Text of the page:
As stated above, there was testimony tending to show that the cotton was injured by exposure to the weather after it was delivered to appellee and before it reached New York, and that as a consequence thereof a portion of it was worth less than it otherwise would have been worth, and that appellants incurred expense in reconditioning it they otherwise would not have been subjected to. Clearly, therefore, unless it appeared that appellee, by the terms of the contract covering the shipment, had been relieved of the liability it may have incurred to compensate appellants for damages such testimony tended to show they had suffered, the trial court erred in instructing the jury as stated. That court evidently was of opinion appellee had been so relieved by the failure of appellants to comply with a stipulation in the policy as follows:

"Claims for loss, damage or delay must be made in writing to the carrier at the point of delivery or at the point of origin within four months after delivery of the property, or in case of failure to make delivery then within four months after a reasonable time for delivery has elapsed. Unless claims are so made the carrier shall not be liable."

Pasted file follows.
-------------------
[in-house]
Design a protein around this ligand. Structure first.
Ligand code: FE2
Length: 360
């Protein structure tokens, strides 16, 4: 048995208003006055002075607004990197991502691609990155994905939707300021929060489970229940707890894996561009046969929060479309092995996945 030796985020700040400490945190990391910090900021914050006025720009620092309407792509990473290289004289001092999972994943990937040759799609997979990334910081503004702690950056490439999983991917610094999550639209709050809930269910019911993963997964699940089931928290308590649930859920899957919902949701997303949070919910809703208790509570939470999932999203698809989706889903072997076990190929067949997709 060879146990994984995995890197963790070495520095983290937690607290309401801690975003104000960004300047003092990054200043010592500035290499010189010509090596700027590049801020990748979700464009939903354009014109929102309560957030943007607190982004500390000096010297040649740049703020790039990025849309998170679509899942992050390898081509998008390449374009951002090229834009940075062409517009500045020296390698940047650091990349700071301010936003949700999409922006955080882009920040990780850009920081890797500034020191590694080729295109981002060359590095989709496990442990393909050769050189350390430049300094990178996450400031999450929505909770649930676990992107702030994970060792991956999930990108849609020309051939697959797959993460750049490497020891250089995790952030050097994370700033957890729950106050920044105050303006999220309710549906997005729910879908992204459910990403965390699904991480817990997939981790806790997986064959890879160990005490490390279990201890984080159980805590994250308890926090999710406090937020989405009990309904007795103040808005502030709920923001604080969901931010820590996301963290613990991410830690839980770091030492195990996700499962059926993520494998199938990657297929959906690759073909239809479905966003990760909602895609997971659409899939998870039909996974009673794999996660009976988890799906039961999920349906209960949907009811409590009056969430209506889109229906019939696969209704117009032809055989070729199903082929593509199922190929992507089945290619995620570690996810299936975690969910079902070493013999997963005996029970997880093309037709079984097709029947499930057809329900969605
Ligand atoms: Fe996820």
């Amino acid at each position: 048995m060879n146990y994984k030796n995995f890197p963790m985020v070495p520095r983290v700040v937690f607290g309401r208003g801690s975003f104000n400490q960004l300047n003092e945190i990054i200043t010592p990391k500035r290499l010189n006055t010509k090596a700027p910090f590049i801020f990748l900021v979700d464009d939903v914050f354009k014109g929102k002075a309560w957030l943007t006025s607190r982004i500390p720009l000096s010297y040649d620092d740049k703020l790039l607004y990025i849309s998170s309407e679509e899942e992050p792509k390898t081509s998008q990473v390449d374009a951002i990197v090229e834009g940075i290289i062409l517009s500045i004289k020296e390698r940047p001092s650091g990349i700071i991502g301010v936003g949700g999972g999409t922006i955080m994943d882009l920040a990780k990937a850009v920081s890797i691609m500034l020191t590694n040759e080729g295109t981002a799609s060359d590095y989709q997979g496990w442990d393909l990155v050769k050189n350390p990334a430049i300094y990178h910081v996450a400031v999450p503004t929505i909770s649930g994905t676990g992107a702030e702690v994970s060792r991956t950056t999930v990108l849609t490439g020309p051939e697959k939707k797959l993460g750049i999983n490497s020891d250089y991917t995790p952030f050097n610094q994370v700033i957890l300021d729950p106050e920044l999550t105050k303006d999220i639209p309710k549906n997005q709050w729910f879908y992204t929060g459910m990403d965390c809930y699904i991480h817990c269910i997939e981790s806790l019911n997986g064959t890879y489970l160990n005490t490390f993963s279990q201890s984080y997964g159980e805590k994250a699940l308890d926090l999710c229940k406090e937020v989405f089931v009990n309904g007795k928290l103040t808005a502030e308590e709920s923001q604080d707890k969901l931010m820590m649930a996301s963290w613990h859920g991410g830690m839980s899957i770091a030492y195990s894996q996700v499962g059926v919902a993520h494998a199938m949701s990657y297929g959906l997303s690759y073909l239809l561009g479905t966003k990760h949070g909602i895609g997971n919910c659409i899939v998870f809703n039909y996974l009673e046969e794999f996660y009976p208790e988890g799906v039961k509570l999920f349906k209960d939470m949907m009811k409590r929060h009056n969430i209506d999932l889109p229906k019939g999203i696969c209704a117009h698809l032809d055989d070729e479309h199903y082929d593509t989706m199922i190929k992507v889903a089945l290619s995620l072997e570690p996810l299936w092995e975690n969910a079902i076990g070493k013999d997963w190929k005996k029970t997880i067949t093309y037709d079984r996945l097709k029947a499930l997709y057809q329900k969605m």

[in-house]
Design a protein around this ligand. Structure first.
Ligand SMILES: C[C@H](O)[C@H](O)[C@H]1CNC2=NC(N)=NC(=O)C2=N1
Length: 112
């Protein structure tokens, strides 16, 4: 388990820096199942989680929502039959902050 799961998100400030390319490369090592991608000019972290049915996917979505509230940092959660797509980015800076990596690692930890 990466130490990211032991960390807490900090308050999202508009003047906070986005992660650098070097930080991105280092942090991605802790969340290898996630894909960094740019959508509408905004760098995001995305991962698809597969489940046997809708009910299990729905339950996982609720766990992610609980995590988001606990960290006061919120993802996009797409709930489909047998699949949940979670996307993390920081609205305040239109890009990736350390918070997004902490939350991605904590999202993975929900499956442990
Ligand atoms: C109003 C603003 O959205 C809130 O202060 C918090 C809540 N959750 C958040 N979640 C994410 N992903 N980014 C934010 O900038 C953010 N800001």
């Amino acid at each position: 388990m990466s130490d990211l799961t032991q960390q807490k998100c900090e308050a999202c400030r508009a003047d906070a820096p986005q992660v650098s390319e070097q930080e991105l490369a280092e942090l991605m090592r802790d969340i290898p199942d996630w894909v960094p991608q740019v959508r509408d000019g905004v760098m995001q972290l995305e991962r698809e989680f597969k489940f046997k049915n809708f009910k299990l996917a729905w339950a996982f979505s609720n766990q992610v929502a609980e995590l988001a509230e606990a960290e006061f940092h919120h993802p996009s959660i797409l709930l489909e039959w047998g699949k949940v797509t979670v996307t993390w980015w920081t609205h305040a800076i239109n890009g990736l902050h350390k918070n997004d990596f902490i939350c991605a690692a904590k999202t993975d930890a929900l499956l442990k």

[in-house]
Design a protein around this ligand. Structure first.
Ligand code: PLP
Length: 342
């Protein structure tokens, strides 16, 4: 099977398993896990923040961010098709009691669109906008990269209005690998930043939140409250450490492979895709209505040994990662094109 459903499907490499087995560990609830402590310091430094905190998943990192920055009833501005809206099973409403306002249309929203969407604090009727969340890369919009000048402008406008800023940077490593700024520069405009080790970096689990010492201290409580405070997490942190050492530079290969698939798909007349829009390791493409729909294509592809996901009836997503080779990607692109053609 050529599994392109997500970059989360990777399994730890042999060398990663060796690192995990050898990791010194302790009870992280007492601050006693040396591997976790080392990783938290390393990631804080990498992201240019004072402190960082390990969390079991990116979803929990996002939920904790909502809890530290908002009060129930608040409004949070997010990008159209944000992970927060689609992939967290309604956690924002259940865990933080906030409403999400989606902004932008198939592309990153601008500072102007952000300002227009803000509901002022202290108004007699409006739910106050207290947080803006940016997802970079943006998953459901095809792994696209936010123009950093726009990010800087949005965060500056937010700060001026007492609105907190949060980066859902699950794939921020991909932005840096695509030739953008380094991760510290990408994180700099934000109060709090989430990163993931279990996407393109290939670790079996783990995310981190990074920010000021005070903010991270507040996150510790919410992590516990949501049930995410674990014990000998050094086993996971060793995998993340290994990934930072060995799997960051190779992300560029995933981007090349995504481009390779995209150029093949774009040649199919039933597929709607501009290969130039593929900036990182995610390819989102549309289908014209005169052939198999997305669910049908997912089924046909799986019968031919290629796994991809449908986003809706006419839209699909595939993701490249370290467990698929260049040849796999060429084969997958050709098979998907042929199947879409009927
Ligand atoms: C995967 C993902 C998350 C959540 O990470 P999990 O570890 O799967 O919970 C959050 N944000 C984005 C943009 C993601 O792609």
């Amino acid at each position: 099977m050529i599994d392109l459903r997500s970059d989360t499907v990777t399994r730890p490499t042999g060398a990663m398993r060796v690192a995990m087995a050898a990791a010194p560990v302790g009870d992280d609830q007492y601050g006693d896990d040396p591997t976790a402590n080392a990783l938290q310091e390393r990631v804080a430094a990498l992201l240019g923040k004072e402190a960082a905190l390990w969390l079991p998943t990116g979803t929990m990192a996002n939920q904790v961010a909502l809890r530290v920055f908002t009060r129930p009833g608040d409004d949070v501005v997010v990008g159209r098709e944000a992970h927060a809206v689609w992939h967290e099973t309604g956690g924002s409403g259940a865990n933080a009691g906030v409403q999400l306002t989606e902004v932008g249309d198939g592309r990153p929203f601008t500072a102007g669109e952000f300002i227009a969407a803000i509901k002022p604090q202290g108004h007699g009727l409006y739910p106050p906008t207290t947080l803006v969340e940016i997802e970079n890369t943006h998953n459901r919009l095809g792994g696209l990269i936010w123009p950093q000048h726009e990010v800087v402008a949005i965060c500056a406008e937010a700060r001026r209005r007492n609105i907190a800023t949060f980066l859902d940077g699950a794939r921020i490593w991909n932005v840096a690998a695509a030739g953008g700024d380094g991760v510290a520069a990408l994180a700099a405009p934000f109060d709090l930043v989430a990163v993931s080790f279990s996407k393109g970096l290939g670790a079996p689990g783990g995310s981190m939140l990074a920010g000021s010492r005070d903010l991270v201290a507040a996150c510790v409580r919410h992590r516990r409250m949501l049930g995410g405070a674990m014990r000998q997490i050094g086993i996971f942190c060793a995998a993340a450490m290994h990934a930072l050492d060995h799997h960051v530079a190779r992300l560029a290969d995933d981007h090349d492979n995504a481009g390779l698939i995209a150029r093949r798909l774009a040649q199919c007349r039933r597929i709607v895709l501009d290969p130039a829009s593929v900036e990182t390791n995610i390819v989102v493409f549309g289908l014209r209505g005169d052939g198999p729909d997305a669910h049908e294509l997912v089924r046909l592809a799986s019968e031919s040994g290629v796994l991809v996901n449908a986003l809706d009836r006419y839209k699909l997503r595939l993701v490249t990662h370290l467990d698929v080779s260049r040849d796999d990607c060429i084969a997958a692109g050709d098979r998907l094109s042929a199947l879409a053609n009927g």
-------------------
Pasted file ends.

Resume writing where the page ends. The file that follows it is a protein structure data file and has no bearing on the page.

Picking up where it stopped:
It was shown that all the cotton was delivered in New York before August 20, 1910, and it was shown that appellants did not make any claim on account of the damages they sued for until December 31, 1910. It thus appeared that the stipulation set out above was not complied with. So the question is: Did the failure of appellants to comply with it operate to bar a right in them, if they ever had one, to recover the damages they sued for?

Appellants insist the stipulation was invalid under that part, known as the Carmack amendment, of section 20 of the Interstate Commerce Act, as follows: